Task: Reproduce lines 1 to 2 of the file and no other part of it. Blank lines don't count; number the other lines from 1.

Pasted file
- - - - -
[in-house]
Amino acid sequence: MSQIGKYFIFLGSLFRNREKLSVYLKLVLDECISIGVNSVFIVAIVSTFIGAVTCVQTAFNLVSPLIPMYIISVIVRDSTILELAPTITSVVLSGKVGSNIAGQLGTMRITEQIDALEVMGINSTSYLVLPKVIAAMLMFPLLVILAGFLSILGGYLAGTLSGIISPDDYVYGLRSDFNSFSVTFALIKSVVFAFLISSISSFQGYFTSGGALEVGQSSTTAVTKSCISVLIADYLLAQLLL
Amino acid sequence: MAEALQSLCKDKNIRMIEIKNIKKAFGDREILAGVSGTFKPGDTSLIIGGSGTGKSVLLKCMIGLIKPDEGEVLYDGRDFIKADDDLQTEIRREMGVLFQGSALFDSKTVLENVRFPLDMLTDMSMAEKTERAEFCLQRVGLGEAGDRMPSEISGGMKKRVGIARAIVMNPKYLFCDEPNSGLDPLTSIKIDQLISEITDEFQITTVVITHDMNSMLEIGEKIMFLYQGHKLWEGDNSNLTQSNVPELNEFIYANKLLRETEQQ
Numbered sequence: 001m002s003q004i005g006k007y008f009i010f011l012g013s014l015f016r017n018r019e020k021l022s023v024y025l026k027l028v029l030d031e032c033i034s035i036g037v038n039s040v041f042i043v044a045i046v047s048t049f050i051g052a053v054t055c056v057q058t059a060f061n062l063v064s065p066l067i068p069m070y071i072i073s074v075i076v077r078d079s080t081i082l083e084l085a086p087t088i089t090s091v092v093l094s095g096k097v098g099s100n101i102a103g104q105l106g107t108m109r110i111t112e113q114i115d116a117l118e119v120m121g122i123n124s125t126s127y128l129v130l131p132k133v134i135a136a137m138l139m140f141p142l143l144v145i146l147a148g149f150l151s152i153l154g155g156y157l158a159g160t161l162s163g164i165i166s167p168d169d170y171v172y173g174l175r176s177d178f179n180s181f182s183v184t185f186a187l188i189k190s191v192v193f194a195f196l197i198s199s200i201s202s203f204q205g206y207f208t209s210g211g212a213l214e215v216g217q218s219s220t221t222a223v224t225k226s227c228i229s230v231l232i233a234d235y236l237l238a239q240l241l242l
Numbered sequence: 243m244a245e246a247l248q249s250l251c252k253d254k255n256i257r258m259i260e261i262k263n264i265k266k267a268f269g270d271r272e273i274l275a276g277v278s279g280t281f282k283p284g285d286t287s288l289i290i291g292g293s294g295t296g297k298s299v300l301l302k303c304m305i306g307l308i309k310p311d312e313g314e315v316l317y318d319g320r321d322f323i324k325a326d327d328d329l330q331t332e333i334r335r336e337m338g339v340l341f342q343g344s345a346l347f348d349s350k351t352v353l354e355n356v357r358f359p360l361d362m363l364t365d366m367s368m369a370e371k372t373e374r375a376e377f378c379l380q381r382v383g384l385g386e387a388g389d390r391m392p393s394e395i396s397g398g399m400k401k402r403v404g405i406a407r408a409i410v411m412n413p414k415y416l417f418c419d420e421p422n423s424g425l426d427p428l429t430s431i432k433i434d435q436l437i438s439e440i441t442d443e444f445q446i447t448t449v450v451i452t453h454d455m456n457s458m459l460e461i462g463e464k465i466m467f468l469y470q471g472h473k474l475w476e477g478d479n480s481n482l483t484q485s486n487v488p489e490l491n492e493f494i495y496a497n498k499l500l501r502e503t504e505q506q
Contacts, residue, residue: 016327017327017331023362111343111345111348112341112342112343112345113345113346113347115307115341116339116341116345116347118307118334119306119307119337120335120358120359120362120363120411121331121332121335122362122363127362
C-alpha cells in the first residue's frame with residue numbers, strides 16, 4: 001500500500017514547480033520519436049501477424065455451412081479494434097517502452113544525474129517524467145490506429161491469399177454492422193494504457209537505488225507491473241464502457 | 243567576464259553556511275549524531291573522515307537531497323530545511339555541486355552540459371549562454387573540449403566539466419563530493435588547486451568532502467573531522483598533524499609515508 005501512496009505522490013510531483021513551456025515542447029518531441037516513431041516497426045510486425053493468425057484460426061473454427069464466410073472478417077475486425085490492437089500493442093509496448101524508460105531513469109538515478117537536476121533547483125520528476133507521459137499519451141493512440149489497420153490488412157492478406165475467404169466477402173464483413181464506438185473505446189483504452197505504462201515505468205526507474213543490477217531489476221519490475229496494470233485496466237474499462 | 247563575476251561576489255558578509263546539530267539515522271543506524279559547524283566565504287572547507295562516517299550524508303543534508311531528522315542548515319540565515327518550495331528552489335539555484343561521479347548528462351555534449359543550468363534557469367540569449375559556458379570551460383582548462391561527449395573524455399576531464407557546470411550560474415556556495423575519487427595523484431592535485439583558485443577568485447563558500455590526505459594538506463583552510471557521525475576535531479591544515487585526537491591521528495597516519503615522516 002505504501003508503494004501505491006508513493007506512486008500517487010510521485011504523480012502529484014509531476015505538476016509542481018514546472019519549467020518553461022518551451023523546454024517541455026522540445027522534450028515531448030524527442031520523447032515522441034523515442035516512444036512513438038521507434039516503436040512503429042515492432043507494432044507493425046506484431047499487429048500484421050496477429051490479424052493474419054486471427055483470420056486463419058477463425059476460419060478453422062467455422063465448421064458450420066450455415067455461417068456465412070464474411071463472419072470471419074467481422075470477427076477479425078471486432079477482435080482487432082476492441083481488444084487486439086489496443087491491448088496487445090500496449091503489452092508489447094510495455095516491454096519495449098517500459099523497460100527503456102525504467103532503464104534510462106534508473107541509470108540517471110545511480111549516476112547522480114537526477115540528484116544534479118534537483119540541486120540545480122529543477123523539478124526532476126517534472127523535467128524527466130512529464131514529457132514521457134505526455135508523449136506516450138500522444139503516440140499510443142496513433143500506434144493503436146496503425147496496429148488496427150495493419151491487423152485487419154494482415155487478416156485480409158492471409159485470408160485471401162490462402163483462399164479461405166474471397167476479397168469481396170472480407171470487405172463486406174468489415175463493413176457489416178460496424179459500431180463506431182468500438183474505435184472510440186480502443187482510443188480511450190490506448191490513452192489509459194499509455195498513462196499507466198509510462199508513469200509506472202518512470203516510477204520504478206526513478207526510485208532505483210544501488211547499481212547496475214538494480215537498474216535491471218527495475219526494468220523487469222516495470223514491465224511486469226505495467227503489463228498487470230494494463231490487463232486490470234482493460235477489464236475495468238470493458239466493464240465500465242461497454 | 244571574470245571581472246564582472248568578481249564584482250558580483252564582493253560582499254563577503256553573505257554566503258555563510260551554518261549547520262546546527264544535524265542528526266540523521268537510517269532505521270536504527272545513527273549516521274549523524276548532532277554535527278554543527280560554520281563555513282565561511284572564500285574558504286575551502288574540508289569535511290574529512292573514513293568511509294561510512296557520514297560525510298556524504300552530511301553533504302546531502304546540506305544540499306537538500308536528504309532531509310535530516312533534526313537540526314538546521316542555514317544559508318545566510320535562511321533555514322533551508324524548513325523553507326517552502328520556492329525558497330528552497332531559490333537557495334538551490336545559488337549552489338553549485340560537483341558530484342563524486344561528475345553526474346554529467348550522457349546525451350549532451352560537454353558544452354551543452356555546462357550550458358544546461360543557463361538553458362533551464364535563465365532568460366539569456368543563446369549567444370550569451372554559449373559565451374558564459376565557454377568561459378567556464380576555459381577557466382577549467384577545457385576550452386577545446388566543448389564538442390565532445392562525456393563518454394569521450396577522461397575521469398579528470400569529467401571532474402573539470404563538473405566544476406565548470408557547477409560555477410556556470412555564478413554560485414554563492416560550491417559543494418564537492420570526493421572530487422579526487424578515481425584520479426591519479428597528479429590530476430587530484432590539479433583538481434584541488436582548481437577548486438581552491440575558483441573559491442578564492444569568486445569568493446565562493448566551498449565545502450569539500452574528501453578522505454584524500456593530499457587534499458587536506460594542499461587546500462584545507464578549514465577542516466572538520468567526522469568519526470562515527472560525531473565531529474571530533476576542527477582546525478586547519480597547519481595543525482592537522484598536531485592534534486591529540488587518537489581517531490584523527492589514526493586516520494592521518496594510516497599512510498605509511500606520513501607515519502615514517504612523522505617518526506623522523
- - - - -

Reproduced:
[in-house]
Amino acid sequence: MSQIGKYFIFLGSLFRNREKLSVYLKLVLDECISIGVNSVFIVAIVSTFIGAVTCVQTAFNLVSPLIPMYIISVIVRDSTILELAPTITSVVLSGKVGSNIAGQLGTMRITEQIDALEVMGINSTSYLVLPKVIAAMLMFPLLVILAGFLSILGGYLAGTLSGIISPDDYVYGLRSDFNSFSVTFALIKSVVFAFLISSISSFQGYFTSGGALEVGQSSTTAVTKSCISVLIADYLLAQLLL